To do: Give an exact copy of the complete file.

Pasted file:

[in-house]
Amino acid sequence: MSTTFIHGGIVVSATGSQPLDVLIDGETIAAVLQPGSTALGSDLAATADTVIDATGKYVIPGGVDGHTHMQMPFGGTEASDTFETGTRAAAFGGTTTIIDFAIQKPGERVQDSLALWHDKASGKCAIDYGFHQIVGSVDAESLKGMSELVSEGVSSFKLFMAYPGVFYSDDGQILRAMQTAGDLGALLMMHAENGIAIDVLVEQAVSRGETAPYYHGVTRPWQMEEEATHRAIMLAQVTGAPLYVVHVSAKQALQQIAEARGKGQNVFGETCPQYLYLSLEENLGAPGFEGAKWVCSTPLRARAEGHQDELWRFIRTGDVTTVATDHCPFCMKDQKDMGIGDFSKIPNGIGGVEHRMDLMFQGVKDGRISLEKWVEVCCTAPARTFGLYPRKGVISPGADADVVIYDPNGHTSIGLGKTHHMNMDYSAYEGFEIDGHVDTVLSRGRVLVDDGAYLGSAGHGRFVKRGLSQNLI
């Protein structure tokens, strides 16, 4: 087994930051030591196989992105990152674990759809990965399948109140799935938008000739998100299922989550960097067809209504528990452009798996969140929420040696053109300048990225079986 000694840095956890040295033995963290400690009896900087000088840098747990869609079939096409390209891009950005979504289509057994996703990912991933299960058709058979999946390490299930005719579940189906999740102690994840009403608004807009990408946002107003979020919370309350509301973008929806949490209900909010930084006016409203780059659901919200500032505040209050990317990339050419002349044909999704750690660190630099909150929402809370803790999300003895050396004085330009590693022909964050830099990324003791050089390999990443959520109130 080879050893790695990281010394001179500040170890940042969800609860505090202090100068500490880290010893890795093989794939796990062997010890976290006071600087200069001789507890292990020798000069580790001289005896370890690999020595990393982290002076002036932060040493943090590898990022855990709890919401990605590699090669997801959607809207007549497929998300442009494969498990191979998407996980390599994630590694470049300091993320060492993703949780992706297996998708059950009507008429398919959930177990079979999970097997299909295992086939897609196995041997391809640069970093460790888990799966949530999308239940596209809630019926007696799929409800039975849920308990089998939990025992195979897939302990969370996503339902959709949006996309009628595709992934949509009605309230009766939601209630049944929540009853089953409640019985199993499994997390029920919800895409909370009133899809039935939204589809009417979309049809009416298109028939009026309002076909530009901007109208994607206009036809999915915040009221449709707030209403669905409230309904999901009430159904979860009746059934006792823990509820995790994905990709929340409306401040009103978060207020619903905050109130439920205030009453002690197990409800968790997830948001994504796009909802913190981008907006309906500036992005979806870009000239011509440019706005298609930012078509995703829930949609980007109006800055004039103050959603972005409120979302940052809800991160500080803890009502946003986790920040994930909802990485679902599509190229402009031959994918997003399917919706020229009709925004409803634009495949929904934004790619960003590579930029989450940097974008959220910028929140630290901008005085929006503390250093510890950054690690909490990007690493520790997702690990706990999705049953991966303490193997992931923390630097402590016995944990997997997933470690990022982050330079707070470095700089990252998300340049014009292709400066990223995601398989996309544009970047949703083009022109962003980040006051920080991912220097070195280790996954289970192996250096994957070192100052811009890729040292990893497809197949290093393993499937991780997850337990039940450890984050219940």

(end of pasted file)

[in-house]
Amino acid sequence: MSTTFIHGGIVVSATGSQPLDVLIDGETIAAVLQPGSTALGSDLAATADTVIDATGKYVIPGGVDGHTHMQMPFGGTEASDTFETGTRAAAFGGTTTIIDFAIQKPGERVQDSLALWHDKASGKCAIDYGFHQIVGSVDAESLKGMSELVSEGVSSFKLFMAYPGVFYSDDGQILRAMQTAGDLGALLMMHAENGIAIDVLVEQAVSRGETAPYYHGVTRPWQMEEEATHRAIMLAQVTGAPLYVVHVSAKQALQQIAEARGKGQNVFGETCPQYLYLSLEENLGAPGFEGAKWVCSTPLRARAEGHQDELWRFIRTGDVTTVATDHCPFCMKDQKDMGIGDFSKIPNGIGGVEHRMDLMFQGVKDGRISLEKWVEVCCTAPARTFGLYPRKGVISPGADADVVIYDPNGHTSIGLGKTHHMNMDYSAYEGFEIDGHVDTVLSRGRVLVDDGAYLGSAGHGRFVKRGLSQNLI
């Protein structure tokens, strides 16, 4: 087994930051030591196989992105990152674990759809990965399948109140799935938008000739998100299922989550960097067809209504528990452009798996969140929420040696053109300048990225079986 000694840095956890040295033995963290400690009896900087000088840098747990869609079939096409390209891009950005979504289509057994996703990912991933299960058709058979999946390490299930005719579940189906999740102690994840009403608004807009990408946002107003979020919370309350509301973008929806949490209900909010930084006016409203780059659901919200500032505040209050990317990339050419002349044909999704750690660190630099909150929402809370803790999300003895050396004085330009590693022909964050830099990324003791050089390999990443959520109130 080879050893790695990281010394001179500040170890940042969800609860505090202090100068500490880290010893890795093989794939796990062997010890976290006071600087200069001789507890292990020798000069580790001289005896370890690999020595990393982290002076002036932060040493943090590898990022855990709890919401990605590699090669997801959607809207007549497929998300442009494969498990191979998407996980390599994630590694470049300091993320060492993703949780992706297996998708059950009507008429398919959930177990079979999970097997299909295992086939897609196995041997391809640069970093460790888990799966949530999308239940596209809630019926007696799929409800039975849920308990089998939990025992195979897939302990969370996503339902959709949006996309009628595709992934949509009605309230009766939601209630049944929540009853089953409640019985199993499994997390029920919800895409909370009133899809039935939204589809009417979309049809009416298109028939009026309002076909530009901007109208994607206009036809999915915040009221449709707030209403669905409230309904999901009430159904979860009746059934006792823990509820995790994905990709929340409306401040009103978060207020619903905050109130439920205030009453002690197990409800968790997830948001994504796009909802913190981008907006309906500036992005979806870009000239011509440019706005298609930012078509995703829930949609980007109006800055004039103050959603972005409120979302940052809800991160500080803890009502946003986790920040994930909802990485679902599509190229402009031959994918997003399917919706020229009709925004409803634009495949929904934004790619960003590579930029989450940097974008959220910028929140630290901008005085929006503390250093510890950054690690909490990007690493520790997702690990706990999705049953991966303490193997992931923390630097402590016995944990997997997933470690990022982050330079707070470095700089990252998300340049014009292709400066990223995601398989996309544009970047949703083009022109962003980040006051920080991912220097070195280790996954289970192996250096994957070192100052811009890729040292990893497809197949290093393993499937991780997850337990039940450890984050219940």